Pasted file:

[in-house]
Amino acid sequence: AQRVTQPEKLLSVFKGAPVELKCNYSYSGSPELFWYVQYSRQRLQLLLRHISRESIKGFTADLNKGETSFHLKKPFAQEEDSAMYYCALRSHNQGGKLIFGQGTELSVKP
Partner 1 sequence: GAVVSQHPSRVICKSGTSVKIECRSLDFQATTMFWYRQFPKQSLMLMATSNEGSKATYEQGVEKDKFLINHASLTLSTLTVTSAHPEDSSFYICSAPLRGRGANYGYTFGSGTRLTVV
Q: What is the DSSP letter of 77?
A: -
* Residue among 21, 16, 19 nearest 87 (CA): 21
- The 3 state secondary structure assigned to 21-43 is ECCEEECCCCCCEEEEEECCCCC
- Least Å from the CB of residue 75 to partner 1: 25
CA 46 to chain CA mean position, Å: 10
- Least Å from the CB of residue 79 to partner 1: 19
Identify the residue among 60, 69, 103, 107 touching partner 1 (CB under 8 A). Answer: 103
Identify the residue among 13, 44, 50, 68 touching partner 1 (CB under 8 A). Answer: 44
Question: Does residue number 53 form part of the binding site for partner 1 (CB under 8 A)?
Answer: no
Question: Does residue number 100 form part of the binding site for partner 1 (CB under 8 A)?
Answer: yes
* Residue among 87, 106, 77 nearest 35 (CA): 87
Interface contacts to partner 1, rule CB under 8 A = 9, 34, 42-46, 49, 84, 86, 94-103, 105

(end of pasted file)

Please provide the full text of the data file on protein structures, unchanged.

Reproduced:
[in-house]
Amino acid sequence: AQRVTQPEKLLSVFKGAPVELKCNYSYSGSPELFWYVQYSRQRLQLLLRHISRESIKGFTADLNKGETSFHLKKPFAQEEDSAMYYCALRSHNQGGKLIFGQGTELSVKP
Partner 1 sequence: GAVVSQHPSRVICKSGTSVKIECRSLDFQATTMFWYRQFPKQSLMLMATSNEGSKATYEQGVEKDKFLINHASLTLSTLTVTSAHPEDSSFYICSAPLRGRGANYGYTFGSGTRLTVV
Q: What is the DSSP letter of 77?
A: -
* Residue among 21, 16, 19 nearest 87 (CA): 21
- The 3 state secondary structure assigned to 21-43 is ECCEEECCCCCCEEEEEECCCCC
- Least Å from the CB of residue 75 to partner 1: 25
CA 46 to chain CA mean position, Å: 10
- Least Å from the CB of residue 79 to partner 1: 19
Identify the residue among 60, 69, 103, 107 touching partner 1 (CB under 8 A). Answer: 103
Identify the residue among 13, 44, 50, 68 touching partner 1 (CB under 8 A). Answer: 44
Question: Does residue number 53 form part of the binding site for partner 1 (CB under 8 A)?
Answer: no
Question: Does residue number 100 form part of the binding site for partner 1 (CB under 8 A)?
Answer: yes
* Residue among 87, 106, 77 nearest 35 (CA): 87
Interface contacts to partner 1, rule CB under 8 A = 9, 34, 42-46, 49, 84, 86, 94-103, 105